Seguso InteriorsEdit

Seguso Interiors is an innovative collection of lighting, furniture, and architectural elements created by Pierpaolo Seguso. The division is dedicated to the decoration and lighting of interiors projects, in a continuous challenge to go beyond the boundaries of production capabilities. Architects and Interior Designers find in Seguso Interiors a reality in which each project is conceived as a tailored suit.[17] Its unique furniture design is the result of a patent received by Seguso Creative Director, Pierpaolo Seguso.[18]

Seguso ViroEdit

Seguso Viro is known for its line of contemporary glassware.[19] Started in 1993 with the idea of Giampaolo Seguso for putting the individual at the center (from the Latin vir or mankind) and doing so with the intention of a production based on profound technical research rooted in tradition.[20] Today, glass from the Seguso Viro collections, 101 Limited and Collezioni, is sold by Seguso.[21]

Seguso ExperienceEdit

Is this an encyclopedia or Italian-style self-loving business advertising? Please edit this text, someone outside of the company. In 2012 Seguso became one of the first furnaces to open their doors to visitors through a unique program called the Seguso Experience.[22] With the intent to emotionally move the audience, all visitors travel through time; a journey made of real authentic flavors, colors and atmosphere handed down from each Seguso generation to generation. Gianluca and Pierpaolo Seguso's inspiration for this type of visit comes from their desire to raise the bar and deliver a fresh and unique Experience to visitors and show the true soul of Murano, as an alternative way to really feel the Murano glass art and passion, different from the more commercial and touristic influences that exist throughout the island.[23] The Seguso Experience has consistently been rated as one of the top things to do on the island of Murano.[24]

ReferencesEdit

  1. ^ Ferren, Andrew. (October 17, 2014). “Murano Still Sparkling After 700 Years.”, The New York Times
  2. ^ “Murano Glass.”, Wikipedia, The Free Encyclopedia. Wikimedia Foundation, Inc. 8 May 2015. Web. 10 June 2015.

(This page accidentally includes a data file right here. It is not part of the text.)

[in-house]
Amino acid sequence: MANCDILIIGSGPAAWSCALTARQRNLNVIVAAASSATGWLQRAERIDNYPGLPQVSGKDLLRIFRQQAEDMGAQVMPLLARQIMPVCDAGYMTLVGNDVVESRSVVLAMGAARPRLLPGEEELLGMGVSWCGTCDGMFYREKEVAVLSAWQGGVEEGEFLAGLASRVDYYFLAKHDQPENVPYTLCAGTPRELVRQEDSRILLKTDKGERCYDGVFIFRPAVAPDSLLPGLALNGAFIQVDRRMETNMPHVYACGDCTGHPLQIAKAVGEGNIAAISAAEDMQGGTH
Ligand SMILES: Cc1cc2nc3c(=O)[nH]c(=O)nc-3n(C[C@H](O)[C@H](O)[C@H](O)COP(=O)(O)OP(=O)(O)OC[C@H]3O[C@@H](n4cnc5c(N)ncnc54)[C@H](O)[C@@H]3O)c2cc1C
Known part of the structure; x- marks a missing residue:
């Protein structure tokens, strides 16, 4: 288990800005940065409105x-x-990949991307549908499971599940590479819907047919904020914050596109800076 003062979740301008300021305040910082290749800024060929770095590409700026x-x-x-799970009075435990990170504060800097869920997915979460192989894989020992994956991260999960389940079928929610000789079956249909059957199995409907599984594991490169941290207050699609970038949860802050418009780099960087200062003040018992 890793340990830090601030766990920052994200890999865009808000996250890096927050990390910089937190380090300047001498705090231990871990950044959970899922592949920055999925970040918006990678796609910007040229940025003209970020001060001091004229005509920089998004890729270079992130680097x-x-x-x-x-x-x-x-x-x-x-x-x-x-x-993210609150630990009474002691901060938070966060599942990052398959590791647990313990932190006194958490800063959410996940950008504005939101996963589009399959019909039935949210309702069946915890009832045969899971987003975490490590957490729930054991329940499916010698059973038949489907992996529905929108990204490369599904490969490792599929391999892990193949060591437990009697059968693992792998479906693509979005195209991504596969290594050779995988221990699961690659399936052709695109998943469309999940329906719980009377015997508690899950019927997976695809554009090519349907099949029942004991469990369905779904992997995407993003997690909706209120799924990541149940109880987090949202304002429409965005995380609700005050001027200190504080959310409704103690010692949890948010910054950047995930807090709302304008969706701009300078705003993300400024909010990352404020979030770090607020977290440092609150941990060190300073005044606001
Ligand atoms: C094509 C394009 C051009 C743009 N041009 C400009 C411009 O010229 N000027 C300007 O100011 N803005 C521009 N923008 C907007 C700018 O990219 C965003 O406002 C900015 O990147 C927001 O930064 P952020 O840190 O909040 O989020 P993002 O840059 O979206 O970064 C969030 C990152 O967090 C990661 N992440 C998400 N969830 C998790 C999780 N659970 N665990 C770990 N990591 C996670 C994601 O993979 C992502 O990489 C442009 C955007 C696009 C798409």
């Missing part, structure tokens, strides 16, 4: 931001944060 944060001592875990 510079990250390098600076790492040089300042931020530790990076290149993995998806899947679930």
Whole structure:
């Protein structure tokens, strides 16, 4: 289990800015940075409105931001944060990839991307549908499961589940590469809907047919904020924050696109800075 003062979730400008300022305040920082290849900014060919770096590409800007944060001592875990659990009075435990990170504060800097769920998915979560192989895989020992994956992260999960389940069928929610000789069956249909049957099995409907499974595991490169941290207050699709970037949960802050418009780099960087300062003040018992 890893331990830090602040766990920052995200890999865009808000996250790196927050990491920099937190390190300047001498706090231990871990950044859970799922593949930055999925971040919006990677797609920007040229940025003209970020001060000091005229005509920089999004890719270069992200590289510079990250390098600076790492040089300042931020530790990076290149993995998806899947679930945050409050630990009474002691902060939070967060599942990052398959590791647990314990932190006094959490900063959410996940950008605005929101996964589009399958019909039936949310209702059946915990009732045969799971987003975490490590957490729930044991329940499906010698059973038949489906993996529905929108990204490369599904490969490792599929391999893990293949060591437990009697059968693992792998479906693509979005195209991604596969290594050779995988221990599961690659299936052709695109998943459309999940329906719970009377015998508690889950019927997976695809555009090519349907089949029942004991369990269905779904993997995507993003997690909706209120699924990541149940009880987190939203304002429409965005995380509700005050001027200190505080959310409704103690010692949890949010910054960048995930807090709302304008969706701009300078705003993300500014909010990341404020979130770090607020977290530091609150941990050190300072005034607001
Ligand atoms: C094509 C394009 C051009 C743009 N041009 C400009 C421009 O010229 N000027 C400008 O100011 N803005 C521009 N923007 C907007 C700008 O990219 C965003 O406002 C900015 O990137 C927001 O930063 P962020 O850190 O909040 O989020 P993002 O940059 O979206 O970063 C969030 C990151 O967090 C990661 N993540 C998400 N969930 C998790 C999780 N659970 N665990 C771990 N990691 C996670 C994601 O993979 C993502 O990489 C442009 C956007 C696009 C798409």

3. ^ “Seguso Vetri d’Arte 1932-1973” Venezia.net, retrieved June 10, 2015
  4. ^ Athineos, Doris. (February 2011). “Venetian Magic.” Traditional Home, p. 60.
  5. ^ “Venice Reclaimed”, by Rocky Casale, T Magazine blog New York Times, May 11, 2011, retrieved June 10, 2015.
  6. ^ Zanetti, Vicenzo (2001) [1883]. Il Libro d’Oro di Murano. Venice: Fontana. p. 73.
  7. ^ Buckley, Jonathan (2013) The Rough Guide to Venice and the Veneto. London: Rough Guides. p. 178. ISBN 1409366464
  8. ^ Mentasti, Rosa Barovier (2001) La Ragnatela. Venice: Nos EditoreSpecial Edition, p. 47. ASIN B000K3I46Y.
  9. ^ Heiremans, Marc (2014) Seguso Vetri d’Arte Glass Objects from Murano (1932-1973). Stuttgart: Arnoldsche. P. 381 ISBN 9783897901629
  10. ^ Mentasti, Rosa Barovier (2001) La Ragnatela. Venice: Nos Editore Special Edition. p. 47. ASIN B000K3I46Y.
  11. ^ Mentasti, Rosa Barovier (2001) La Ragnatela. Venice: Nos Editore Special Edition. p. 53. ASIN B000K3I46Y.
  12. ^ Heiremans, Marc (2014) Seguso Vetri d’Arte Glass Objects from Murano (1932-1973). Stuttgart: Arnoldsche. P. 12 ISBN 9783897901629
  13. ^ Heiremans, Marc (2014) Seguso Vetri d’Arte Glass Objects from Murano (1932-1973). Stuttgart: Arnoldsche. P. 393 ISBN 9783897901629
  14. ^ Zecchin, Luigi (1990) Vetro e Vetrai di Murano volume III. Venice: Arsenale Editrice. P. 95 ISBN 8877430877
  15. ^ Signoretti, Laura. (May 2013). “Siderale e Sommerso l’Arte di Seguso.” Antiquariato, p. 100.
  16. ^ Stavis, Amy (August/September 2008). “Family Reunion.” Tableware Today, p. 100-104.
  17. ^ Athineos, Doris. (February 2011). “Venetian Magic.” Traditional Home, p. 62.
  18. ^ “Seguso Interiors Launch.”, Seguso.com. April 6, 2010. Retrieved June 11, 2015.
  19. ^ Rao, Sonali. (April 2003). “The Art of Venetian Cooking.” Food & Wine, p. 124.
  20. ^ Heiremans, Marc (2014) Seguso Vetri d’Arte Glass Objects from Murano (1932-1973). Stuttgart: Arnoldsche. P. 384 ISBN 9783897901629
  21. ^ Mentasti, Rosa Barovier (2001) La Ragnatela. Venice: Nos Editore Special Edition. p. 39. ASIN B000K3I46Y.
  22. ^ Bozzato, Fabio. (September 12, 2012).“Forbici e soffi per creare il vetro Seguso apre la fornace di notte.”, Corriere del Veneto.
  23. ^ “Notte in Fornace The Seguso Experience.”, Seguso.com. August 27, 2012. Retrieved June 11, 2015.
  24. ^ “Seguso Experience.”, Tripadvisor.com. Retrieved June 11, 2005.